Results

Pure's second quarter (ended 31 July) revenues for fiscal '18 bounced 37.6 per cent year-on-year to $224.5m. The net loss of $61.7m was roughly the same as the $59.6m loss a year ago and the $62.4m loss in the prior quarter.

Pure_results_Q2fy2018

Pure Storage revenues and GAAP net income to Q2 fy2018

CFO Tim Ritters summed it up: "Our Q2 results highlight solid top-line growth and continued improvement in operating leverage. We are laser-focused on executing against our plan to achieve $1bn+ in revenue this year and marching steadily to profitability in the near future."

The company gained more than 350 new customers in the quarter, taking its overall count past 3,700.

Earnings call

Giancarlo was present in the earnings call to discuss the results. Dietzen introduced him thus: "He has the operating experience having run a tens of billions of dollar multi-product business, he has the product chops having served as CTO, and he has the entrepreneurial spirit having built startups as well as managed hyper-growth at Cisco."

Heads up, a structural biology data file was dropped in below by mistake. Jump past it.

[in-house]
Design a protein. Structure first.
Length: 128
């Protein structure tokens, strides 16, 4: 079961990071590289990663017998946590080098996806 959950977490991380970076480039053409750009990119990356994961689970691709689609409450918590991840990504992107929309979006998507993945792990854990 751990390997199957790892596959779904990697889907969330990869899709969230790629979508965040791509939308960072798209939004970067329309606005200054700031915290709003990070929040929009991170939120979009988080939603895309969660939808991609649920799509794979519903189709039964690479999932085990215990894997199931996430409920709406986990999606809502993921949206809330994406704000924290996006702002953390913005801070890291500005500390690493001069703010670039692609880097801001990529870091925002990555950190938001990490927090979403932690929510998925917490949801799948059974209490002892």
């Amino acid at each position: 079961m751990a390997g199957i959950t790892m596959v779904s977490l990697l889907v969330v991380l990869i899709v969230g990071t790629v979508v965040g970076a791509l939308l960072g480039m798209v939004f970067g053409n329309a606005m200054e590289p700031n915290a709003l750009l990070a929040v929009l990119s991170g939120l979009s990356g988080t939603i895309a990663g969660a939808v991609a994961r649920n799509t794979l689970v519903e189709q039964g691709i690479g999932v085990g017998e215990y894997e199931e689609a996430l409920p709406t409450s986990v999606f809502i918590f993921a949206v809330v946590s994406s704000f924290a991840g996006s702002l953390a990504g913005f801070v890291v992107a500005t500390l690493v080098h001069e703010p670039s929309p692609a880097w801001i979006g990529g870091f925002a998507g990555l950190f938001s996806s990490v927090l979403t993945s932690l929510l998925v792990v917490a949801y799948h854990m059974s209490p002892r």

Cloud as the main segment is followed by data storage for analytics, AI, machine and deep learning, with the third being legacy on-premises enterprise IT. The FlashBlade product is crucial in the second segment and president David Hatfield said revenue from it "continues to grow at 2x the rate of FlashArray during the same point in its evolution".

He added: "Pure now serves more than 600 cloud companies across software-as-a-service, infrastructure-as-a-service, and consumer internet. Cloud continues to be our strongest segment, at more than 25 per cent of revenues and one that we believe we can increasingly take share in."